Spokesman: Well, other than formed troops, when you get into the area of civilian police, there is a rather rigorous training programme and evaluation programme. And countries who send us police without basic skills –- driving skills, for example, language skills -– they’re sent home immediately. Yes, Bill?

Question: Does the Secretary-General have any response to the airing of pictures of United States soldiers abusing Iraqi prisoners on CBS last night and the report of abuse?

Spokesman: I have no specific reaction to that programme, but the kinds of things discussed there, the abuse of prisoners, could be the kind of thing that would be investigated or would be included in a report on human rights in Iraq that the acting High Commissioner for Human Rights said last Friday he intended to produce. We did speak to them this morning, they have no more specifics how that report would be compiled, whether they would try to go to Iraq in connection with the writing of the report. So, we will stay in touch with the High Commissioner’s Office on that subject.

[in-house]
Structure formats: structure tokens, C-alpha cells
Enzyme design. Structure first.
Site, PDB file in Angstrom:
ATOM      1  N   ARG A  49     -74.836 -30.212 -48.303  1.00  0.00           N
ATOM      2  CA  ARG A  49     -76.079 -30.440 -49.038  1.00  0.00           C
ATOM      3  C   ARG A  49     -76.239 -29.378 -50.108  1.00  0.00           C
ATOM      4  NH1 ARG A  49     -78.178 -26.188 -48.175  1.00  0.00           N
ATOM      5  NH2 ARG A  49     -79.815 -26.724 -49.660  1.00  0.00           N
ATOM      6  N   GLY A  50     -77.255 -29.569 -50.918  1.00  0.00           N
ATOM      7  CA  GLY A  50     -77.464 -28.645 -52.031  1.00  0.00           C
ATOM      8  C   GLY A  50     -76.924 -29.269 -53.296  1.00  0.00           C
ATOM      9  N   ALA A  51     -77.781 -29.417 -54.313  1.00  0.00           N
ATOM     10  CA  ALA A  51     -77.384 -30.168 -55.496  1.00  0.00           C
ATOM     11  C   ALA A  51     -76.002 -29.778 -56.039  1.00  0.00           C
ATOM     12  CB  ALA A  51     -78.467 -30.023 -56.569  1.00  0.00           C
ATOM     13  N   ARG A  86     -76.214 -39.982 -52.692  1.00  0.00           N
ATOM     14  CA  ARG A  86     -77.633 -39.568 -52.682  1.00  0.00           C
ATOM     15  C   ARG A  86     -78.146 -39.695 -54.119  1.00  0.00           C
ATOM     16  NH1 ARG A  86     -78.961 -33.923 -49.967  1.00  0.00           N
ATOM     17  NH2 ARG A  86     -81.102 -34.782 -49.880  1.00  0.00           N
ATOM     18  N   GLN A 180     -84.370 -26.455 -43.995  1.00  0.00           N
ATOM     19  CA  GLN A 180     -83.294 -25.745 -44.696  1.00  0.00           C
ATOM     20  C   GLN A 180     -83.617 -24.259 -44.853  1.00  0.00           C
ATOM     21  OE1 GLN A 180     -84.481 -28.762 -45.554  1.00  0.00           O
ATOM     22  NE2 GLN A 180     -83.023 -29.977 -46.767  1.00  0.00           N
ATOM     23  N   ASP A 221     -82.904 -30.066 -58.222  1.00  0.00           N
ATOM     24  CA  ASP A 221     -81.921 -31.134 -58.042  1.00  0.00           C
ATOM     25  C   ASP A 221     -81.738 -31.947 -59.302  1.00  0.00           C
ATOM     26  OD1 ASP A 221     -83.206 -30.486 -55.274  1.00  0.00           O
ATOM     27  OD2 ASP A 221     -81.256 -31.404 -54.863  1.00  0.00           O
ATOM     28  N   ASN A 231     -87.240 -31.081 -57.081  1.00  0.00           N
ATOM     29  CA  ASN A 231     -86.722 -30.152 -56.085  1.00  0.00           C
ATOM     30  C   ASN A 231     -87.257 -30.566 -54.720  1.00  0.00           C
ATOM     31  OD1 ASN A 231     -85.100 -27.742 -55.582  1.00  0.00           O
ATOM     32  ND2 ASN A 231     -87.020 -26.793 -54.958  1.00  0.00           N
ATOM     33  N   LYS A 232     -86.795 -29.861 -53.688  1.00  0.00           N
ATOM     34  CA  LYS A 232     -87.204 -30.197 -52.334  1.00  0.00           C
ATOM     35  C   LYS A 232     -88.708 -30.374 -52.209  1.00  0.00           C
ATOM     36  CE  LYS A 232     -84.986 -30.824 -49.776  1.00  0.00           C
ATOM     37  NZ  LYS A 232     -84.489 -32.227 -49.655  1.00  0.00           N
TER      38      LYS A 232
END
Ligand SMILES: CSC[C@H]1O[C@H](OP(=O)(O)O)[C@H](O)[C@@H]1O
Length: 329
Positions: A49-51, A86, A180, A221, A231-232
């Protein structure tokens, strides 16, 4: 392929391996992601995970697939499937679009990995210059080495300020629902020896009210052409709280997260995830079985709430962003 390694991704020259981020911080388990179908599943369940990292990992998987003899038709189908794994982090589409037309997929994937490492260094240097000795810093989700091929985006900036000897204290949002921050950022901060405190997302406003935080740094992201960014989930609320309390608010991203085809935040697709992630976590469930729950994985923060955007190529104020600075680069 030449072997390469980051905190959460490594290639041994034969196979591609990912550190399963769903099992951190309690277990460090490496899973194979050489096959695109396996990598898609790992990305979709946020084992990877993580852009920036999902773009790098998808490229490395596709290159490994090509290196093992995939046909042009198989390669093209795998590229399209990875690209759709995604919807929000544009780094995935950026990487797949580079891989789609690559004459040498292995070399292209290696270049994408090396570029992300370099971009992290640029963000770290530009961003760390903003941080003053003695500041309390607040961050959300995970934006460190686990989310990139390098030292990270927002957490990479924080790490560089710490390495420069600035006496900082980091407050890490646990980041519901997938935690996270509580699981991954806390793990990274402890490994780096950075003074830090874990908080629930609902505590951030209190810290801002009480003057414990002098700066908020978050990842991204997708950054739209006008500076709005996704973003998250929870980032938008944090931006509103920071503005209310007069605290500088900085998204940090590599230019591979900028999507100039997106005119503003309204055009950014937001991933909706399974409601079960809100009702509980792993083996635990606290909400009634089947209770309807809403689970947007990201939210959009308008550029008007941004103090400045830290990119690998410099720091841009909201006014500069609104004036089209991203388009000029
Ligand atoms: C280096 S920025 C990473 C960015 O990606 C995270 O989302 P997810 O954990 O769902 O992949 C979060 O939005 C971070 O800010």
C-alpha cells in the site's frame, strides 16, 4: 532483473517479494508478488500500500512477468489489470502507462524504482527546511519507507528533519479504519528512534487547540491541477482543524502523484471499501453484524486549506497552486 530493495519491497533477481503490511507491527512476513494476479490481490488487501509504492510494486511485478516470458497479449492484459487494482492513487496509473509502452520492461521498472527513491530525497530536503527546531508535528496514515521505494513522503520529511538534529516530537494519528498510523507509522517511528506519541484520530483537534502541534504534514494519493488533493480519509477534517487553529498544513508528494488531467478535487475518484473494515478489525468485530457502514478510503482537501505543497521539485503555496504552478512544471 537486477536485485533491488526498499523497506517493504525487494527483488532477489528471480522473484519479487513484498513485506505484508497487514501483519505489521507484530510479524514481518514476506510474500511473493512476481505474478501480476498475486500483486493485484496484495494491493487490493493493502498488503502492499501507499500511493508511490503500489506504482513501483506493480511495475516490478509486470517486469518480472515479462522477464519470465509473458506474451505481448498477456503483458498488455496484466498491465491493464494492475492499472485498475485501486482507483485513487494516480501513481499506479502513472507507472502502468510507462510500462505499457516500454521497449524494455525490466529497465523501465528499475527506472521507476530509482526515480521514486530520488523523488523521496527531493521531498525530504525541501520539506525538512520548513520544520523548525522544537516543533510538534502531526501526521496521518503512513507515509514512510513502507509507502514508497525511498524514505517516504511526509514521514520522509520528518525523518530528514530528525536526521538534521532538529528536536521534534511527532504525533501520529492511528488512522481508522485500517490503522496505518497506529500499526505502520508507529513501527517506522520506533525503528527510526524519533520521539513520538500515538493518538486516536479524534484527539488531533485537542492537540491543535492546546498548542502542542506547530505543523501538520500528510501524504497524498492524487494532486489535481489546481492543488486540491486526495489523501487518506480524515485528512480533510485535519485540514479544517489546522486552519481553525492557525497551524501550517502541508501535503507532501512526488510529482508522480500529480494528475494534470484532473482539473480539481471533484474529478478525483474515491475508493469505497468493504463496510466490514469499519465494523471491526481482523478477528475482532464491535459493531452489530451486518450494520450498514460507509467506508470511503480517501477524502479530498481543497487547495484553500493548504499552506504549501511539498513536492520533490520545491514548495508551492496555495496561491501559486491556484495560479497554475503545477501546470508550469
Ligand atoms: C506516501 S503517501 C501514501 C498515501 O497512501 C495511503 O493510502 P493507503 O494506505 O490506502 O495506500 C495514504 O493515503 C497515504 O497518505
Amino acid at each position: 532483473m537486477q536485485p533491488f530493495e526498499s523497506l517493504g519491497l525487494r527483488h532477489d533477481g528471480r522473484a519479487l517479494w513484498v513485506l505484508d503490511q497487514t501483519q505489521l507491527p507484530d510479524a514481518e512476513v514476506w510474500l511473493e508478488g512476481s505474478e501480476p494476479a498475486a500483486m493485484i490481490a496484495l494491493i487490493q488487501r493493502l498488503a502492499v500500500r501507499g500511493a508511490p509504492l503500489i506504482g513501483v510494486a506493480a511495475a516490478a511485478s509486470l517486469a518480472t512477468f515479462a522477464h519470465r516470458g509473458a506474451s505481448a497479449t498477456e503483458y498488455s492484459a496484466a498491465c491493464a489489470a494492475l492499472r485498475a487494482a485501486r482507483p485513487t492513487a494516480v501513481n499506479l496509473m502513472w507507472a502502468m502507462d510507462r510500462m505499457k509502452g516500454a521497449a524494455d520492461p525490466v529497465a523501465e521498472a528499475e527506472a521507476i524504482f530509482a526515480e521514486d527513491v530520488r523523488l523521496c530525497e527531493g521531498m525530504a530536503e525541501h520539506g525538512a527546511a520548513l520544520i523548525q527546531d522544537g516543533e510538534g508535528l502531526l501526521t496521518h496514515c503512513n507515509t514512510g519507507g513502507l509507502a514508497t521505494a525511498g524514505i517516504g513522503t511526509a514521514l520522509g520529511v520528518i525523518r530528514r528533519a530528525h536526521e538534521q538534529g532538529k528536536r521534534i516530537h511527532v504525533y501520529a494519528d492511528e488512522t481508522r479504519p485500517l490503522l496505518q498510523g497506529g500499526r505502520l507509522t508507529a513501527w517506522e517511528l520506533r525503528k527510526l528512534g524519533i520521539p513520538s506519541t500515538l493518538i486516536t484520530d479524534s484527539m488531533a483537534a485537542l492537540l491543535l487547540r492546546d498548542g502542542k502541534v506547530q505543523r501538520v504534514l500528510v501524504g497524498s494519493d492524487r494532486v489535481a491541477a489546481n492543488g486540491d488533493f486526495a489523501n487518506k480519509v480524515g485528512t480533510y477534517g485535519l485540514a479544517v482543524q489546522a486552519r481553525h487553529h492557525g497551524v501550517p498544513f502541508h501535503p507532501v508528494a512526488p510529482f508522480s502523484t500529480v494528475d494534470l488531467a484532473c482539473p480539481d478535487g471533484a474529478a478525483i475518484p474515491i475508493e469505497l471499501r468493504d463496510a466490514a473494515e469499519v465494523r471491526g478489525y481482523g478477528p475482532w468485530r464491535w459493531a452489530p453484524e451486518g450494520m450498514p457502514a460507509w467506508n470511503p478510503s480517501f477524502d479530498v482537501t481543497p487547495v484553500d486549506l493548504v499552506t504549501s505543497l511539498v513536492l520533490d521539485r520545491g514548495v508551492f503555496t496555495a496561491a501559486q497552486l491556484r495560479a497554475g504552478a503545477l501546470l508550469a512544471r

Question: And the timing of it? When will it be completed?

Spokesman: The report? No, they really are at the very preliminary stages of the planning. Mr. Abbadi?

Question: On Western Sahara, you indicated that the Council adopted the resolution extending the mandate for six months. Did the Secretary-General recommend a 10-month extension?

Spokesman: He did and they gave us six.

Question: Usually, the Council adopts the recommendation of (Inaudible)... told me the Secretary-General can send ...